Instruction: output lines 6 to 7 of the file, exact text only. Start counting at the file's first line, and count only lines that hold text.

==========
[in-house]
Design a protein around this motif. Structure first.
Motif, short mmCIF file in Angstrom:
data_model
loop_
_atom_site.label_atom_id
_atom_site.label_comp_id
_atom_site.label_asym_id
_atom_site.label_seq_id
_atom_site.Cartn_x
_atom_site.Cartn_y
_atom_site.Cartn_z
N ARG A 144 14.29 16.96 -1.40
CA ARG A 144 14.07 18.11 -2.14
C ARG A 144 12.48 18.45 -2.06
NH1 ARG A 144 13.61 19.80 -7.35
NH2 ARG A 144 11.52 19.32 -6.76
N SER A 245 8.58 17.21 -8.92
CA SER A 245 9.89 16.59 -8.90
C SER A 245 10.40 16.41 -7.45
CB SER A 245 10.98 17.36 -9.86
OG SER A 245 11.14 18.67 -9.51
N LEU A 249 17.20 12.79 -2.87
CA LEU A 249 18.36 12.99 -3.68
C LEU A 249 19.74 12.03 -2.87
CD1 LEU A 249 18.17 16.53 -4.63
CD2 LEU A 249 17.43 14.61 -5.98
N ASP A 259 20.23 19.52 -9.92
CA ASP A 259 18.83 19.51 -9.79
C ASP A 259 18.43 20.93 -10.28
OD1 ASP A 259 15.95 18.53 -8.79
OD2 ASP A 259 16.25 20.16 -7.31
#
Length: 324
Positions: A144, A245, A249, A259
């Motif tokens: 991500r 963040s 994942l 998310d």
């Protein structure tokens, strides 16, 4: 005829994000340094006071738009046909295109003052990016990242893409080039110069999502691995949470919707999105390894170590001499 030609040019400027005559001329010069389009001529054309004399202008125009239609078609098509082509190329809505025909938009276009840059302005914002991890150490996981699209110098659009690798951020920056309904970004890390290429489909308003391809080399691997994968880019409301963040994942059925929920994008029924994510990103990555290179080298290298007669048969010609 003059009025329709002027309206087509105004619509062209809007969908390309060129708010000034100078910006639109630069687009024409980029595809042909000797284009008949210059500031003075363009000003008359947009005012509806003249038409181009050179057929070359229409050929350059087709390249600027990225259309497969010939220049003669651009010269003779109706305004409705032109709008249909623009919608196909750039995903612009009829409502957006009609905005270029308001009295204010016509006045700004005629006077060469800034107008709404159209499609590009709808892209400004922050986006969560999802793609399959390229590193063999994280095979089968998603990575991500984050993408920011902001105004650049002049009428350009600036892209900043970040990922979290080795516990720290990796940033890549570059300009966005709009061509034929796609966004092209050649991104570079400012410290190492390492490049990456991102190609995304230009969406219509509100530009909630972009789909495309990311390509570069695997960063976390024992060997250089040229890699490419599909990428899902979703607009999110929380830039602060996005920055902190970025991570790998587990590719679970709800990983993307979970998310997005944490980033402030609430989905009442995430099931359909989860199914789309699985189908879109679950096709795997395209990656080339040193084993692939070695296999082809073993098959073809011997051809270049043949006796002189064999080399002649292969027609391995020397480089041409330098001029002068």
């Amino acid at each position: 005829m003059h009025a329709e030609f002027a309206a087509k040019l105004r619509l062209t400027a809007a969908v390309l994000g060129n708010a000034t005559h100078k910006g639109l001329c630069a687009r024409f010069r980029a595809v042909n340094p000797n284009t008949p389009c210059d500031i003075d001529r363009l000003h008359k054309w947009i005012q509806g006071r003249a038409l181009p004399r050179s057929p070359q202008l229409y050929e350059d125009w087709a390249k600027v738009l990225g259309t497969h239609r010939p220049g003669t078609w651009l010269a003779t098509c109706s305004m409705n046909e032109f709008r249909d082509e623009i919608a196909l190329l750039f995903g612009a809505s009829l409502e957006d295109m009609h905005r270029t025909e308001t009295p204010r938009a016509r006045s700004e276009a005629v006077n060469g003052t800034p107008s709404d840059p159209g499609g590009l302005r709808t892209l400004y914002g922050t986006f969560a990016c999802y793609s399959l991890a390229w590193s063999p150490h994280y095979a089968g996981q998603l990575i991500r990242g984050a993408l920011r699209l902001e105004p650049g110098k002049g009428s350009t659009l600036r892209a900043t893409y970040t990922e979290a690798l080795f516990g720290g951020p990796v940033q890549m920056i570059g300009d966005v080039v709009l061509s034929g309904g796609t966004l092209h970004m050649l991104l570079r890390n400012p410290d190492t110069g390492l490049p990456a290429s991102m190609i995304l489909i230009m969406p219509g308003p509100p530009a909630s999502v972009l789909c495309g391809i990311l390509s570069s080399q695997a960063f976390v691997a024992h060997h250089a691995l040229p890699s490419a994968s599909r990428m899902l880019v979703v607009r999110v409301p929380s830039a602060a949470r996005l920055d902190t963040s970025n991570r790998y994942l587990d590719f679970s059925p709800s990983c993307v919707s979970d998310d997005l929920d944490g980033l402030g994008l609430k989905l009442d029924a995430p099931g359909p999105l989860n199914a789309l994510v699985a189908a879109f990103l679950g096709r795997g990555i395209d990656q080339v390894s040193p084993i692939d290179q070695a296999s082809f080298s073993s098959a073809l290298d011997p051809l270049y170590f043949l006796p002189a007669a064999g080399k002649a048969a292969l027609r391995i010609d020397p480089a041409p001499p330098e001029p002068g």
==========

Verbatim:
_atom_site.label_atom_id
_atom_site.label_comp_id